Graduate School of Business


Doctor of Business Administration (DBA)


Darlene Casstevens


business as mission, funding methodology, economic outcomes, social entrepreneurship organizations


Business | Missions and World Christianity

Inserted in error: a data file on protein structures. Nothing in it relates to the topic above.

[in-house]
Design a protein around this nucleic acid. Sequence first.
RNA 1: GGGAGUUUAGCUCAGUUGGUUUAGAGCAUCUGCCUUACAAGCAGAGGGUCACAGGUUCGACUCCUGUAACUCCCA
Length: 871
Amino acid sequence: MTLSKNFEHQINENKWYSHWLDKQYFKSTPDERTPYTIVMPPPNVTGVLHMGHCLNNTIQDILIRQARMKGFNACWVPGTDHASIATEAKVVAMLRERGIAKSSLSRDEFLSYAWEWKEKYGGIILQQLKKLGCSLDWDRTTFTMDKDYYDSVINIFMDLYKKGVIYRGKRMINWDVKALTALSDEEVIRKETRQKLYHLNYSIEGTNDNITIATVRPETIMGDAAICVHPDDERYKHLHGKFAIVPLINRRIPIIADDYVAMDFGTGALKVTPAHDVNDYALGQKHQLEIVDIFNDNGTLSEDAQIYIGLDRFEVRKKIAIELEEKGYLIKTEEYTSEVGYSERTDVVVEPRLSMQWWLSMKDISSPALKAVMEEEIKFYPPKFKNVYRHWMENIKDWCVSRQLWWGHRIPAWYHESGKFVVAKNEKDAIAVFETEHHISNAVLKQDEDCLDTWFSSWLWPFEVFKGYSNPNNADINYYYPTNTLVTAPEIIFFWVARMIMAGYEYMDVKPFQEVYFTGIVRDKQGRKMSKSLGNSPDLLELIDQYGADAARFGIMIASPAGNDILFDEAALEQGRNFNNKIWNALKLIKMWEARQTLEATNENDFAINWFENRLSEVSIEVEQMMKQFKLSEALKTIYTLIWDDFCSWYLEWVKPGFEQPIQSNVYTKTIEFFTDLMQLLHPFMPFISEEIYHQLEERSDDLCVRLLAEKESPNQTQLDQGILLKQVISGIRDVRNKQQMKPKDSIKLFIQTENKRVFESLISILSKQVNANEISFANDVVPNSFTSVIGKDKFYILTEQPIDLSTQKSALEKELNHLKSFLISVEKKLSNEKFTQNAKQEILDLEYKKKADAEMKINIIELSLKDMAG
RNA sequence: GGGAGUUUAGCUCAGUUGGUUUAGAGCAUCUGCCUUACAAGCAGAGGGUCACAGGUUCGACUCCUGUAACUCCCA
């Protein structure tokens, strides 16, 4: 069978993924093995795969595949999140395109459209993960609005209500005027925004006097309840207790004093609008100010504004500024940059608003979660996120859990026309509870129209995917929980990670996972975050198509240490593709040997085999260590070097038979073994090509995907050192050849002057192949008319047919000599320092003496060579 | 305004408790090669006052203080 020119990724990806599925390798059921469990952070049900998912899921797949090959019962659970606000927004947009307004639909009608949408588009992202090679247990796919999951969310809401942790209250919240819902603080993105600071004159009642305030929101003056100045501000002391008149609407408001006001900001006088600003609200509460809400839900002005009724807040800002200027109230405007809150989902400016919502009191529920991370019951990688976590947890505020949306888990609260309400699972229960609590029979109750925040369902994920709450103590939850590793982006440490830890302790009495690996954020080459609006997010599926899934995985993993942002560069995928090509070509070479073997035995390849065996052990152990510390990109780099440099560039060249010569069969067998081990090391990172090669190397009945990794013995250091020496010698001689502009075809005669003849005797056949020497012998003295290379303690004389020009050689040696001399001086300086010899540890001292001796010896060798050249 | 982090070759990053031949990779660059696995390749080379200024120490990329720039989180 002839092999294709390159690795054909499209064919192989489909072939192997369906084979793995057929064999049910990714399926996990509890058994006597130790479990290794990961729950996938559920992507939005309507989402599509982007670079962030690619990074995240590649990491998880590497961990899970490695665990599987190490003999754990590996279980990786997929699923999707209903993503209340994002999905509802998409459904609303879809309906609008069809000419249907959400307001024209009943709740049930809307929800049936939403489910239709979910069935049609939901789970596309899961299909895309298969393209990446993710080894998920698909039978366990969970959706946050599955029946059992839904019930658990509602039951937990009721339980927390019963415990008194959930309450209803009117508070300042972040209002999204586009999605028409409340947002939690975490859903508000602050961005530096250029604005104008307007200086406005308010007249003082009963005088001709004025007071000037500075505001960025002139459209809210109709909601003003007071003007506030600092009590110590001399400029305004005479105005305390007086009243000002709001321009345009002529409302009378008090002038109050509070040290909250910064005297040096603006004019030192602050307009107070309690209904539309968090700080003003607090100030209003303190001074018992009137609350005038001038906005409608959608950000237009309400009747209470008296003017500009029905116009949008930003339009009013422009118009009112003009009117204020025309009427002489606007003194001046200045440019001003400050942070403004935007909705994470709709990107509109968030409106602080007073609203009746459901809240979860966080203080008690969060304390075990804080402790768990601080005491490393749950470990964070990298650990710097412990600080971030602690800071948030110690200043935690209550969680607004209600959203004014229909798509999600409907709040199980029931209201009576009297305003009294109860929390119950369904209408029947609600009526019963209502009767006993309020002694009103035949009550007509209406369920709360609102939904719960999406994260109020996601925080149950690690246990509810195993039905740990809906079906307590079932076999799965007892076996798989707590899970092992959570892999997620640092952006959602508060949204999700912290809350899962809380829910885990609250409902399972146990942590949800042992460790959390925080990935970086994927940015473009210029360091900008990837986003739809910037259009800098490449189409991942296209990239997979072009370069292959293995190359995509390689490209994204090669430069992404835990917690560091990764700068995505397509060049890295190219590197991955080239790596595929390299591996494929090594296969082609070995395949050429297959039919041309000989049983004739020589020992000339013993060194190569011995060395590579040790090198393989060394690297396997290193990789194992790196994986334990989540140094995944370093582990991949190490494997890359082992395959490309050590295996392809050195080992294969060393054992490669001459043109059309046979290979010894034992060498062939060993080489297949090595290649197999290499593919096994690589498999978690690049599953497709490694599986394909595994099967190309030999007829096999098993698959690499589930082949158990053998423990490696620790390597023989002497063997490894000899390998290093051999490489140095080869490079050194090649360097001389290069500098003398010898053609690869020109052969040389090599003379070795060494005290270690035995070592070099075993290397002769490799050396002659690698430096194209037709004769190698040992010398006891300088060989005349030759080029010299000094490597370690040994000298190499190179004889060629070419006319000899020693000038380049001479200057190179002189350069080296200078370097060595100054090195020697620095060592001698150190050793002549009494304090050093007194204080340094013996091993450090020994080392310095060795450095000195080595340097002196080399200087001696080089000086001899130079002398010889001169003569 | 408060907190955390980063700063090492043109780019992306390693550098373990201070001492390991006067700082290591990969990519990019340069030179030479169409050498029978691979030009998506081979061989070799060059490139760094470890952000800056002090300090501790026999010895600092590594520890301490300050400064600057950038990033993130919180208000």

In a 2014 research study, Dr. Steve Rundle examined the impacts of business-funded versus donor-funded business as mission (BAM) organizations. The research study answers Dr. Rundle’s call for further research on funding models, and the findings from the study help to fill in gaps in the social-entrepreneurship (SE) and BAM literature. BAM organizations, like other SE-oriented organizations, seek to achieve success in multiple bottom lines. The qualitative, multiple-case study utilized a theoretical replication design to explore differences between donor-funded and business-funded BAM organizations in Asia. Specifically, the research study explored principles related to BAM funding methodology’s impact on economic outcomes for BAM organizations operating in Asia. The study included 25 participants from 16 different BAM organizations. The data was collected through semi-structured interviews, available organizational documents, and visual materials. The following six themes emerged from the study: (1) value of aligning mission and vision, (2) authentic businesses operating in a dynamic environment, (3) necessity of an on-ramp, (4) expectations tied to money, (5) be prepared and trust God, and (6) intentionally structure the business and strategic relationships. The findings of the study and recommendations for further study added to the body of knowledge. Additionally, the findings expanded the topic of funding methodologies in the context of BAM organizations and certain economic outcomes.